“When we do try to look at the severity of illness, we’re still tracking what the national case hospitalization proportion has been, about 2%–that’s still what we’re seeing in Hawaiʻi too. So we aren’t seeing an increase in severity of illness among these pediatric cases, but we are seeing more children infected,” said Dr. Kemble.
Since the start of the pandemic there has been just one pediatric COVID-19 death in Hawaiʻi. In April, 2021, we reported a death involving a boy between 0 and 10 years old who experienced COVID-19 symptoms shortly after arriving in the islands. He had known underlying health conditions and was visiting Hawai‘i with his parents from another state.Both parents were fully vaccinated before making the trip to Hawai‘i.
As of Aug. 26, the state Department of health had documented 2,419 breakthrough cases in Hawaiʻi. “This makes up about 7% of all COVID cases in the state since January, and about 0.3% of the fully vaccinated population,” said Dr. Kemble.
“Part of how we ascertain breakthrough cases is by case investigation. We have to call people and ask them if they’ve been vaccinated. So this is likely an undercount of the true numbers, because we don’t reach everyone to find out that information. But we do have a better look at it when we look at who is in the hospital because usually those people have their vaccine records reviewed. So we do hear from the hospitals and we’re seeing maybe 10% to sometimes 15% of those in the hospital who are vaccine breakthrough cases,” said Dr. Kemble.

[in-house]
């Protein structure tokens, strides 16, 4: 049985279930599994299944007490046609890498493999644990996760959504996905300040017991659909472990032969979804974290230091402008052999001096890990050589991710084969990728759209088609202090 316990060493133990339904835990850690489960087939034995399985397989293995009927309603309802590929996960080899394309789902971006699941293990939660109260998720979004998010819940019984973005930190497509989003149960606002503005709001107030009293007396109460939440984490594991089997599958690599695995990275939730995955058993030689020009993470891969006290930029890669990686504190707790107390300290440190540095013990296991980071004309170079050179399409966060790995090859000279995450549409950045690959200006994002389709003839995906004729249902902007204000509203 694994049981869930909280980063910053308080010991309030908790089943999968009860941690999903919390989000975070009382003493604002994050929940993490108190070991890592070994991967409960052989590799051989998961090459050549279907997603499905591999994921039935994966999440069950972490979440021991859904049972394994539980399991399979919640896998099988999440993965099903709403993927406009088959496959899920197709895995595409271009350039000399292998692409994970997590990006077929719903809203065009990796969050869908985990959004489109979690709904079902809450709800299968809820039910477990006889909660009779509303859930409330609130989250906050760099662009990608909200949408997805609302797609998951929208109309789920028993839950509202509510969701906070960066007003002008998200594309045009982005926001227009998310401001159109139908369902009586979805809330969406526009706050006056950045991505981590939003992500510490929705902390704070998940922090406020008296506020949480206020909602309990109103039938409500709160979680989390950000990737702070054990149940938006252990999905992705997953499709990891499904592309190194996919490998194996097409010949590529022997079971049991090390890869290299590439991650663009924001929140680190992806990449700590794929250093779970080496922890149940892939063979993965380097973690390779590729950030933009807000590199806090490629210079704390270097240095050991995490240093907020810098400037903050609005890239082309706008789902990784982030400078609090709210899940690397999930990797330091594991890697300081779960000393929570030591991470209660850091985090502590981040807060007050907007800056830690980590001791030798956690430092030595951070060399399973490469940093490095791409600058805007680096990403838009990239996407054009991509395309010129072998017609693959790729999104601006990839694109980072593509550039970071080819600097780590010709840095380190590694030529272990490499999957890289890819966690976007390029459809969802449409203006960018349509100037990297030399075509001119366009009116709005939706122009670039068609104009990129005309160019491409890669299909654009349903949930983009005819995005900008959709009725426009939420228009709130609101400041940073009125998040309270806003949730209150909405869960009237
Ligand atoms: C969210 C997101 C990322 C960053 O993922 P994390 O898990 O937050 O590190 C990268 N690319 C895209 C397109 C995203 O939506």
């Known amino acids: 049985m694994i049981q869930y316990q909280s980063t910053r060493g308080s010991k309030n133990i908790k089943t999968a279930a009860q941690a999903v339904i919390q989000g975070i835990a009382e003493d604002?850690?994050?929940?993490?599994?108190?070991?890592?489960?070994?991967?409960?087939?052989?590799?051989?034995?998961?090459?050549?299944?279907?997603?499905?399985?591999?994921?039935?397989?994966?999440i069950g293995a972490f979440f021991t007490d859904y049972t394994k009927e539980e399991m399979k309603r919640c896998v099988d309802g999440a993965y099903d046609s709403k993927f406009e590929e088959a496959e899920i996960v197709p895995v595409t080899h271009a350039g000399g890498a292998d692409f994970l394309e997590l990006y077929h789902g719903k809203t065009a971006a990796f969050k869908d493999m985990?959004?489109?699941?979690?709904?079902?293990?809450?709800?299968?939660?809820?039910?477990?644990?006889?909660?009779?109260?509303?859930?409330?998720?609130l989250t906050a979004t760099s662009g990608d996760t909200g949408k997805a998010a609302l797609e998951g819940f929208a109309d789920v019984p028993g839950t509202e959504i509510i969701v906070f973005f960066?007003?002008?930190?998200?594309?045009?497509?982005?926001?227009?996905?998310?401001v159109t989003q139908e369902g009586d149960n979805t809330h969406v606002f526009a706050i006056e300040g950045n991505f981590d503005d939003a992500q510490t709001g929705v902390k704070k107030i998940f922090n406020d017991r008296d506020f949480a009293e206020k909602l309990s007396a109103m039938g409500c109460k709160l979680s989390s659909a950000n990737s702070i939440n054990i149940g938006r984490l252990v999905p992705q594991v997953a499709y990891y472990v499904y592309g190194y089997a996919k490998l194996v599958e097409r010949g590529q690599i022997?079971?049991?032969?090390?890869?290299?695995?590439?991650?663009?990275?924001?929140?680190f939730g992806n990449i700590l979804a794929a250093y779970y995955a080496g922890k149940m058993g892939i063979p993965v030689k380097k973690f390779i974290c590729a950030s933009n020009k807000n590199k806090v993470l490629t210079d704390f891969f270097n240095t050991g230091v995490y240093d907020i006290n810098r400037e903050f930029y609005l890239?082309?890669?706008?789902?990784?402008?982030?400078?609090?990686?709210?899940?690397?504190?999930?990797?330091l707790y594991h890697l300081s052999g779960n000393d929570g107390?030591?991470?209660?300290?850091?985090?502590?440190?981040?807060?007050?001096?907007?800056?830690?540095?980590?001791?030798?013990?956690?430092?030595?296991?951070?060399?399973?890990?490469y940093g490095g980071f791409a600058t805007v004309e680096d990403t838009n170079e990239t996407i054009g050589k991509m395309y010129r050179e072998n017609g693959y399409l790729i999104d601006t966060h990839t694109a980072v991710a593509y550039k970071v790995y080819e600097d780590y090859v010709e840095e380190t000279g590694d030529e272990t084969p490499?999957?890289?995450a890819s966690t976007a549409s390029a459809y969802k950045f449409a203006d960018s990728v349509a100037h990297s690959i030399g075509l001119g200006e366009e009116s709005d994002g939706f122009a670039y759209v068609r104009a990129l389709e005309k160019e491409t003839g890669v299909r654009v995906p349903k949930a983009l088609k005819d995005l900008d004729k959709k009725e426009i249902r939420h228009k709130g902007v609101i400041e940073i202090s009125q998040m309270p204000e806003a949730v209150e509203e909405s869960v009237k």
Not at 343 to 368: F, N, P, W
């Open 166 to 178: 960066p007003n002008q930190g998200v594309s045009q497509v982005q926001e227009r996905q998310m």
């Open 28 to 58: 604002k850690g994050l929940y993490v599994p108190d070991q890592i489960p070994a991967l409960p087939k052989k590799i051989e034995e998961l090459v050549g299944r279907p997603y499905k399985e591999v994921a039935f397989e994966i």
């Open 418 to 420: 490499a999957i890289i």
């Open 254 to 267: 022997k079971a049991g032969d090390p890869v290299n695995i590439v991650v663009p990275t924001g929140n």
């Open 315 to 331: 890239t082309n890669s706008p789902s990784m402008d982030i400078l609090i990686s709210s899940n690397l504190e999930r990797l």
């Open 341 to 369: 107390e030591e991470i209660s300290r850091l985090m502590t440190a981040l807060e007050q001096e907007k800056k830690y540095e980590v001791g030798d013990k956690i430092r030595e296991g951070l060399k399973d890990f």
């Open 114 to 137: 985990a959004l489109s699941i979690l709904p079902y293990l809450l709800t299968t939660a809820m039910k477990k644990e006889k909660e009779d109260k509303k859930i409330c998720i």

“I think there’s a couple of things that you have to keep in mind when you think about vaccine breakthrough cases. One is the more we have infection circulating around us, the more breakthrough cases we will see because while we do know that vaccines work–they’re highly effective at preventing hospitalization and death–they don’t prevent every infection from occurring,” said Dr. Kemble. “And if you have enough infection pressure around you because you’re surrounded by infected people, you will have some of those breakthrough cases. Where we tend to see more of the hospitalizations are in older individuals and those with multiple co-morbidities. These are people who might land in the hospital after getting the common cold sometimes or other common viruses like influenza. So, some of that is to be expected even though it is unfortunate.”